Peter Turchin â€“ The history of inequality
Jared Sperli stashed this in inequality
Today, the top one per cent of incomes in the United States accounts for one fifth of US earnings. The top one per cent ofÂ fortunesÂ holds two-fifths of the total wealth. Just one rich family, the six heirs of the brothers Sam and James Walton, founders of Walmart, are worth more than the bottom 40 per cent of the American population combined ($115 billion in 2012).
After thousands of scholarly and popular articles on the topic, one might think we would have a pretty good idea why the richest people in the US are pulling away from the rest. But it seems we donâ€™t. As the Congressional Budget Office concluded in 2011: â€˜the precise reasons for the rapid growth in income at the top are not well understoodâ€™. Some commentators point to economic factors, some to politics, and others again to culture. Yet obviously enough, all these factors must interact in complex ways. What is slightly less obvious is how a very long historical perspective can help us to see the whole mechanism.
In his bookÂ Wealth and DemocracyÂ (2002), Kevin Phillips came up with a useful way of thinking about the changing patterns of wealth inequality in the US. He looked at the net wealth of the nationâ€™s median household and compared it with the size of the largest fortune in the US. The ratio of the two figures provided a rough measure of wealth inequality, and thatâ€™s what he tracked, touching down every decade or so from the turn of the 19th century all the way to the present. In doing so, he found a striking pattern.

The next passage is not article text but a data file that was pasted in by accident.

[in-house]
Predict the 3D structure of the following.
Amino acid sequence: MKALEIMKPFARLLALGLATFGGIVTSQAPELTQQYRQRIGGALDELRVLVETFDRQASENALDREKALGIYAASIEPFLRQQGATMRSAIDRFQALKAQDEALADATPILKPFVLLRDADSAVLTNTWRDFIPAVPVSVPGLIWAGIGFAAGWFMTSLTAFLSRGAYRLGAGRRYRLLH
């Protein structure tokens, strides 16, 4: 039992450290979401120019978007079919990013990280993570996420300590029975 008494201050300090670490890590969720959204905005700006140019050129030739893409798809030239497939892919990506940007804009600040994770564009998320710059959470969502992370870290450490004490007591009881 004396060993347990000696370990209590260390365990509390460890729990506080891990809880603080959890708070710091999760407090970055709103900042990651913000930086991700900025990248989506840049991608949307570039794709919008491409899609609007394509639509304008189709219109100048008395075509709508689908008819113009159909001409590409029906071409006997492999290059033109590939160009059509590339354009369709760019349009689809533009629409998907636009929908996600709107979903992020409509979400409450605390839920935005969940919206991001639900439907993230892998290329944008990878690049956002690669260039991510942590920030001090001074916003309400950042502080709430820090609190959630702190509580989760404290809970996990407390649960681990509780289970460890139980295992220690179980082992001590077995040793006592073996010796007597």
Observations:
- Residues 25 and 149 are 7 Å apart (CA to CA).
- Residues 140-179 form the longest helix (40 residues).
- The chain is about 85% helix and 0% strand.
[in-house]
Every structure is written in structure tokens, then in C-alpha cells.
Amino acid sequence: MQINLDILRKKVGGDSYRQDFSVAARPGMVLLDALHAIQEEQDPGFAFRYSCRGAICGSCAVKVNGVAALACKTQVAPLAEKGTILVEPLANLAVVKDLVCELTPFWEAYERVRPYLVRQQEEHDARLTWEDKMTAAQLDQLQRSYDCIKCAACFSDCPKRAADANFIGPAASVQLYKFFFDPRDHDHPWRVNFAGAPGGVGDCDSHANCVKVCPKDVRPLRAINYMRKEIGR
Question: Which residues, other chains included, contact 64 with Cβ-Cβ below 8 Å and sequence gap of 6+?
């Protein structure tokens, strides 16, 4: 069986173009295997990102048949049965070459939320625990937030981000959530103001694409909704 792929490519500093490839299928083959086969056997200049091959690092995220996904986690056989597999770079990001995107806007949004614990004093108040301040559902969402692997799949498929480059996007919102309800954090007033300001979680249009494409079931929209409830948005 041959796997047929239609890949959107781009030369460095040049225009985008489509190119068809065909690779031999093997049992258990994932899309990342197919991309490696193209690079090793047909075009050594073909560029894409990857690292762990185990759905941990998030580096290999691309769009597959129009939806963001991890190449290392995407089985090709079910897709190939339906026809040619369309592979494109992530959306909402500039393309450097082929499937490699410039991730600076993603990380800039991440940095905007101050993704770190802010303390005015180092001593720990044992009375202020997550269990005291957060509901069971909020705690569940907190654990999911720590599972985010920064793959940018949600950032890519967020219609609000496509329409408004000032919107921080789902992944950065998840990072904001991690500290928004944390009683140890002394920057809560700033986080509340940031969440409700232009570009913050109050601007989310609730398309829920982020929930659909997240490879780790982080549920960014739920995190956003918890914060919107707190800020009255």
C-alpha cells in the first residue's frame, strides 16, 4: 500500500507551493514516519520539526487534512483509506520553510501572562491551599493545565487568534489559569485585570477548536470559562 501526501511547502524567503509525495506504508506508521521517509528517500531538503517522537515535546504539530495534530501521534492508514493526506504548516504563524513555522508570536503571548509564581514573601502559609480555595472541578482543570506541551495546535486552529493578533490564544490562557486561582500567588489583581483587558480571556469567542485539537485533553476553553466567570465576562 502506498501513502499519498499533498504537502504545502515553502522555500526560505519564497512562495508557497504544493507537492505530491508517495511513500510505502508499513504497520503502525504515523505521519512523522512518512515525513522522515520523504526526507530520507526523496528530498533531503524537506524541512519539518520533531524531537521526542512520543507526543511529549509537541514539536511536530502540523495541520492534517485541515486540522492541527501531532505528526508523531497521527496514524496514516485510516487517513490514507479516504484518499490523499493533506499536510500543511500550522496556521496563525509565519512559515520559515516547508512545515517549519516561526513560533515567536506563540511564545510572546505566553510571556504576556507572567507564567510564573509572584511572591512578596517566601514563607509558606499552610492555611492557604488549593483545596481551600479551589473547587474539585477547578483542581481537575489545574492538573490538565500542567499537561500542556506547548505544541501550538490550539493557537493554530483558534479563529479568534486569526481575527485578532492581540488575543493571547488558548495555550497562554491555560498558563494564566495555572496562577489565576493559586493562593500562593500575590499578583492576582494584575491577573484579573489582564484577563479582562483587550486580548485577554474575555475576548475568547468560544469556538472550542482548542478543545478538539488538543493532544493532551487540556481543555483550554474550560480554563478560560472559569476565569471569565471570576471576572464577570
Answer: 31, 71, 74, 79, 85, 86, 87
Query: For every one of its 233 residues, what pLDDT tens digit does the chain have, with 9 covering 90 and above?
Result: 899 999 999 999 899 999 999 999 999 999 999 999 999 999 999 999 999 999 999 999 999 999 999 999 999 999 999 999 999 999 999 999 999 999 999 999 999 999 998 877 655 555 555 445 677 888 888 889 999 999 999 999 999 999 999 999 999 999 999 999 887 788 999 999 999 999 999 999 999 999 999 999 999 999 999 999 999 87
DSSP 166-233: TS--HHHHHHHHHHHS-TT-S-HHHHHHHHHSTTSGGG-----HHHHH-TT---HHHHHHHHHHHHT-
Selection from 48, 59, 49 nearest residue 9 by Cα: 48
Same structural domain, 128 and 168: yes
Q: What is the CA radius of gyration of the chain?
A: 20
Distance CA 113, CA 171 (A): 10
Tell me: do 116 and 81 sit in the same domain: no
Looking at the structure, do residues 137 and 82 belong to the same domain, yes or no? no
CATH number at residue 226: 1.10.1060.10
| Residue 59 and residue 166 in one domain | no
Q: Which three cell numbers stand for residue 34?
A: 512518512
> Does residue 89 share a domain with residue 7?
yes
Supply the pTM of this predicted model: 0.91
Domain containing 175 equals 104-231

You stopped just before the punchline!
From 1800 to the 1920s, inequality increased more than a hundredfold. Then came the reversal: from the 1920s to 1980, it shrank back to levels not seen since the mid-19th century. Over that time, the top fortunes hardly grew (from one to two billion dollars; a decline in real terms). Yet the wealth of a typical family increased by a multiple of 40. From 1980 to the present, the wealth gap has been on another steep, if erratic, rise. Commentators have called the period from 1920s to 1970s the â€˜great compressionâ€™. The past 30 years are known as the â€˜great divergenceâ€™. Bring the 19th century into the picture, however, and one sees not isolated movements so much as a rhythm. In other words, when looked at over a long period, the development of wealth inequality in the US appears to be cyclical. And if itâ€™s cyclical, we can predict what happens next.
The tug of war between the top and typical incomes doesnâ€™t have to be a zero-sum game, but in practice it often is.
I did not realize this:
This connection between the oversupply of labour and plummeting living standards for the poor is one of the more robust generalisations in history. Consider the case of medieval England. The population of England doubled between 1150 and 1300. There was little possibility of overseas emigration, so the â€˜surplusâ€™ peasants flocked to the cities, causing the population of London to balloon from 20,000 to 80,000. Too many hungry mouths and too many idle hands resulted in a fourfold increase in food prices and a halving of real wages. Then, when a series of horrible epidemics, starting with the Black Death of 1348, carried away more than half of the population, the same dynamic ran in reverse. The catastrophe, paradoxically, introduced a Golden Age for common people. Real wages tripled and living standards went up, both quantitatively and qualitatively. Common people relied less on bread, gorging themselves instead on meat, fish, and dairy products.